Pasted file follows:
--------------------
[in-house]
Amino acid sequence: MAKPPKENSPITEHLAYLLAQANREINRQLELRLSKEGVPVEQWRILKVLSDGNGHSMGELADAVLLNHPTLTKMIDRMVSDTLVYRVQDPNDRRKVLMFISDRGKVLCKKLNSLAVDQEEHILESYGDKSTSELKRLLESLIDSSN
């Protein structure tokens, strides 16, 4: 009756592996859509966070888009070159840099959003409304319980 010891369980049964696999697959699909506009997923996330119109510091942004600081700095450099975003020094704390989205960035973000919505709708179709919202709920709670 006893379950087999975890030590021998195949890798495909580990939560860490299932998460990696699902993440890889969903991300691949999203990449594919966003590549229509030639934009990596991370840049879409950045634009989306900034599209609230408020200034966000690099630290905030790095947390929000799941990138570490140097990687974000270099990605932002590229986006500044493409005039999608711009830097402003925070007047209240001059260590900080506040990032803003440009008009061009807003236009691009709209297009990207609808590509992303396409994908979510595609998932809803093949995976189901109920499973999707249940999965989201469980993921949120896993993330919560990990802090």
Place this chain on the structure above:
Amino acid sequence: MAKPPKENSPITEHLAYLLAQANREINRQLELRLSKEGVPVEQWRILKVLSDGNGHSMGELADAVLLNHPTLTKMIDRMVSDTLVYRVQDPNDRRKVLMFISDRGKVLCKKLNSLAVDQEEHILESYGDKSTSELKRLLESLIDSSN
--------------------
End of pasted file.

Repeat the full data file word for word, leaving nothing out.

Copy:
[in-house]
Amino acid sequence: MAKPPKENSPITEHLAYLLAQANREINRQLELRLSKEGVPVEQWRILKVLSDGNGHSMGELADAVLLNHPTLTKMIDRMVSDTLVYRVQDPNDRRKVLMFISDRGKVLCKKLNSLAVDQEEHILESYGDKSTSELKRLLESLIDSSN
């Protein structure tokens, strides 16, 4: 009756592996859509966070888009070159840099959003409304319980 010891369980049964696999697959699909506009997923996330119109510091942004600081700095450099975003020094704390989205960035973000919505709708179709919202709920709670 006893379950087999975890030590021998195949890798495909580990939560860490299932998460990696699902993440890889969903991300691949999203990449594919966003590549229509030639934009990596991370840049879409950045634009989306900034599209609230408020200034966000690099630290905030790095947390929000799941990138570490140097990687974000270099990605932002590229986006500044493409005039999608711009830097402003925070007047209240001059260590900080506040990032803003440009008009061009807003236009691009709209297009990207609808590509992303396409994908979510595609998932809803093949995976189901109920499973999707249940999965989201469980993921949120896993993330919560990990802090």
Place this chain on the structure above:
Amino acid sequence: MAKPPKENSPITEHLAYLLAQANREINRQLELRLSKEGVPVEQWRILKVLSDGNGHSMGELADAVLLNHPTLTKMIDRMVSDTLVYRVQDPNDRRKVLMFISDRGKVLCKKLNSLAVDQEEHILESYGDKSTSELKRLLESLIDSSN